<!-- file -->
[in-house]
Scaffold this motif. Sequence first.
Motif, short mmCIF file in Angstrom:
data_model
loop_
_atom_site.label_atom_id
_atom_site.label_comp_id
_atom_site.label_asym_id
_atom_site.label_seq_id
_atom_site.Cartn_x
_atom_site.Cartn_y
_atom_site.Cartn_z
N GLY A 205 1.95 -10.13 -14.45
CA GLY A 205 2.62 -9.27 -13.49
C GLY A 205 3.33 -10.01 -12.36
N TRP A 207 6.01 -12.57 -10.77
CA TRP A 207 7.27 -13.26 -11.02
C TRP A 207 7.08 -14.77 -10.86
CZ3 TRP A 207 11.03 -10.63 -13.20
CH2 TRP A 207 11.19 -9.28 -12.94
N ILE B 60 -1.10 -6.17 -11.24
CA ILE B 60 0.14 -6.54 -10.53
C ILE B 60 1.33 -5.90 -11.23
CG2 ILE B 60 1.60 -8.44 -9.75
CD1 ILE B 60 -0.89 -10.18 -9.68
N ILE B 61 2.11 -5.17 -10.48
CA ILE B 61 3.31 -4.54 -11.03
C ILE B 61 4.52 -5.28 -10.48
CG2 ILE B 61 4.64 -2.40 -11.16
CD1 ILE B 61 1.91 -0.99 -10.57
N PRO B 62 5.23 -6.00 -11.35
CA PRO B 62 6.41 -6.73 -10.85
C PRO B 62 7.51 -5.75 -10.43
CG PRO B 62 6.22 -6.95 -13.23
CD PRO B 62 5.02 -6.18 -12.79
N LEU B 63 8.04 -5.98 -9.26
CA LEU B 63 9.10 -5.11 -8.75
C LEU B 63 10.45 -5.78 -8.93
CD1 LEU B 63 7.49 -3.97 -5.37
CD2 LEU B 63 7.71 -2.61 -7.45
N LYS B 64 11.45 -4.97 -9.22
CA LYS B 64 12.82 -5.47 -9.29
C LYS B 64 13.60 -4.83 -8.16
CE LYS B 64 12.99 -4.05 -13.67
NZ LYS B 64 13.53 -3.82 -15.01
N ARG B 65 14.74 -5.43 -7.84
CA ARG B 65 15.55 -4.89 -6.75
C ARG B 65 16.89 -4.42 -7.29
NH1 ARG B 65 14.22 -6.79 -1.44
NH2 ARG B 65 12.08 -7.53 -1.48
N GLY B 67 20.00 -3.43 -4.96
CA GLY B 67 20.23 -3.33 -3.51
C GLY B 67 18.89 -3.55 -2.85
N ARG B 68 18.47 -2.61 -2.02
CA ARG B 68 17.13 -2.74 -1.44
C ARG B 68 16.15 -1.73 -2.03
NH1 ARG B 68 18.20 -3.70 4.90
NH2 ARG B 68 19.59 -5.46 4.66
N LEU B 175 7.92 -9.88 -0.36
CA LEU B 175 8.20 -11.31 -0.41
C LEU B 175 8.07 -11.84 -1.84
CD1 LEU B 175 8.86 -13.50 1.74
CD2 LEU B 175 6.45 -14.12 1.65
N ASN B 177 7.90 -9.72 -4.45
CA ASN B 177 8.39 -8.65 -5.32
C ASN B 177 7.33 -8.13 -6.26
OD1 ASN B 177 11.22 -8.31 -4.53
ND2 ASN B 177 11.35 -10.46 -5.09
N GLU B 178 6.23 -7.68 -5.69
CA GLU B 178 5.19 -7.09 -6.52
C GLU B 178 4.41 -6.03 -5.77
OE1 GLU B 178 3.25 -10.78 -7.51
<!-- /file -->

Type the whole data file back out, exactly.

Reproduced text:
[in-house]
Scaffold this motif. Sequence first.
Motif, short mmCIF file in Angstrom:
data_model
loop_
_atom_site.label_atom_id
_atom_site.label_comp_id
_atom_site.label_asym_id
_atom_site.label_seq_id
_atom_site.Cartn_x
_atom_site.Cartn_y
_atom_site.Cartn_z
N GLY A 205 1.95 -10.13 -14.45
CA GLY A 205 2.62 -9.27 -13.49
C GLY A 205 3.33 -10.01 -12.36
N TRP A 207 6.01 -12.57 -10.77
CA TRP A 207 7.27 -13.26 -11.02
C TRP A 207 7.08 -14.77 -10.86
CZ3 TRP A 207 11.03 -10.63 -13.20
CH2 TRP A 207 11.19 -9.28 -12.94
N ILE B 60 -1.10 -6.17 -11.24
CA ILE B 60 0.14 -6.54 -10.53
C ILE B 60 1.33 -5.90 -11.23
CG2 ILE B 60 1.60 -8.44 -9.75
CD1 ILE B 60 -0.89 -10.18 -9.68
N ILE B 61 2.11 -5.17 -10.48
CA ILE B 61 3.31 -4.54 -11.03
C ILE B 61 4.52 -5.28 -10.48
CG2 ILE B 61 4.64 -2.40 -11.16
CD1 ILE B 61 1.91 -0.99 -10.57
N PRO B 62 5.23 -6.00 -11.35
CA PRO B 62 6.41 -6.73 -10.85
C PRO B 62 7.51 -5.75 -10.43
CG PRO B 62 6.22 -6.95 -13.23
CD PRO B 62 5.02 -6.18 -12.79
N LEU B 63 8.04 -5.98 -9.26
CA LEU B 63 9.10 -5.11 -8.75
C LEU B 63 10.45 -5.78 -8.93
CD1 LEU B 63 7.49 -3.97 -5.37
CD2 LEU B 63 7.71 -2.61 -7.45
N LYS B 64 11.45 -4.97 -9.22
CA LYS B 64 12.82 -5.47 -9.29
C LYS B 64 13.60 -4.83 -8.16
CE LYS B 64 12.99 -4.05 -13.67
NZ LYS B 64 13.53 -3.82 -15.01
N ARG B 65 14.74 -5.43 -7.84
CA ARG B 65 15.55 -4.89 -6.75
C ARG B 65 16.89 -4.42 -7.29
NH1 ARG B 65 14.22 -6.79 -1.44
NH2 ARG B 65 12.08 -7.53 -1.48
N GLY B 67 20.00 -3.43 -4.96
CA GLY B 67 20.23 -3.33 -3.51
C GLY B 67 18.89 -3.55 -2.85
N ARG B 68 18.47 -2.61 -2.02
CA ARG B 68 17.13 -2.74 -1.44
C ARG B 68 16.15 -1.73 -2.03
NH1 ARG B 68 18.20 -3.70 4.90
NH2 ARG B 68 19.59 -5.46 4.66
N LEU B 175 7.92 -9.88 -0.36
CA LEU B 175 8.20 -11.31 -0.41
C LEU B 175 8.07 -11.84 -1.84
CD1 LEU B 175 8.86 -13.50 1.74
CD2 LEU B 175 6.45 -14.12 1.65
N ASN B 177 7.90 -9.72 -4.45
CA ASN B 177 8.39 -8.65 -5.32
C ASN B 177 7.33 -8.13 -6.26
OD1 ASN B 177 11.22 -8.31 -4.53
ND2 ASN B 177 11.35 -10.46 -5.09
N GLU B 178 6.23 -7.68 -5.69
CA GLU B 178 5.19 -7.09 -6.52
C GLU B 178 4.41 -6.03 -5.77
OE1 GLU B 178 3.25 -10.78 -7.51